With the advent of modern smartphones, tablets, and wearable technologies, one can nearly forget that the dependence that so many have on technology is not the norm. Even in 2015, a massive portion of the country lives without a smartphone; something that might seem ridiculous to the average person at a hackathon. According to the Pew Research Centre, 40% of Americans still live their daily lives without these devices.

These people, as a result, miss out on the many things that modern technology offers us. Google Maps, Phone alarms, and instantaneous knowledge are just a few things that smartphones allow us that are inaccessible to many people. However, we saw this unfortunate reality as an opportunity.

What it does

Even though only 60% of people own a smartphone, as many as 90% own any kind of phone at all. Eva bridges this gap between the smart phone and the 'dumb' phone, as a personal assistant that works anywhere, with any phone, and without the need for mobile data or wifi. It provides any person with the ability to get directions, translate foreign languages, and even provides information on a person or place with only access to a so-called 'dumb phone'.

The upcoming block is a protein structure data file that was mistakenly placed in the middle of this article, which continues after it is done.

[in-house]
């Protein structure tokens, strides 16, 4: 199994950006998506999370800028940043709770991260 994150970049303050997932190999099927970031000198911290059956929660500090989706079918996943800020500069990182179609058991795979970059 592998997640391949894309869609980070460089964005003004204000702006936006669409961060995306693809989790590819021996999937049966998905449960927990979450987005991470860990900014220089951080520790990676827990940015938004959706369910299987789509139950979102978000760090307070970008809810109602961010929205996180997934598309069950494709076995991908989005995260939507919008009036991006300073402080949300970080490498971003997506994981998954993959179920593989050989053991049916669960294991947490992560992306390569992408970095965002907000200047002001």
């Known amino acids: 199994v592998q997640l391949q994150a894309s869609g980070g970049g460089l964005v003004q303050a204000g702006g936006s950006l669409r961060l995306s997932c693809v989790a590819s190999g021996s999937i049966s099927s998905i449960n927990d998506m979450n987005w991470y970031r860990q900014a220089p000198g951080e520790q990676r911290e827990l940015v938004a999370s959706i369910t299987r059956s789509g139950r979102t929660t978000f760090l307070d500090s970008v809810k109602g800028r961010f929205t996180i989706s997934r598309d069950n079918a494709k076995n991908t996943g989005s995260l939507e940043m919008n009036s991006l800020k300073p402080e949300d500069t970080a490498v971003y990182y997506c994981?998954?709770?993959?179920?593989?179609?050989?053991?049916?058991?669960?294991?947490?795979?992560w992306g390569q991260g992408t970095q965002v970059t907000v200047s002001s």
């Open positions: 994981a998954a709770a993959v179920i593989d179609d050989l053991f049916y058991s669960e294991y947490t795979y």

How we built it

Eva is built with node.js, and integrates with many different web APIs, frameworks, and platforms, including Bluemix, Heroku, OpenShift, Twilio, WolframAlpha, Google Maps, and others. It functions as a centralized server which reaches out to different providers of information whenever a user requests it, and forwards that data over sms.

Challenges I ran into

Every new feature was a challenge. Both of our team members had never extensively used any type of Javascript before, and so the entire project served as a learning experience. The use of the many different APIs and services only served to complicate the matter, as no two endpoints were quite alike. However, we did manage to overcome the majority of these obstacles in order to produce a working product.

Accomplishments that we're proud of

We both are extremely pleased with the result of our efforts in regards to the merging of so many various APIs into one continuous product. Utilizing such a variety of services meant that every new feature was a completely unique experience that presented its own challenges, unique from the last.

What We learned

It quickly became abundantly clear to both of us how much more difficult it becomes to work with code when it is both large in size and unfamiliar.

What's next for Eva

Eva will most likely be developed until stable, and kept online for public use into the foreseeable future.

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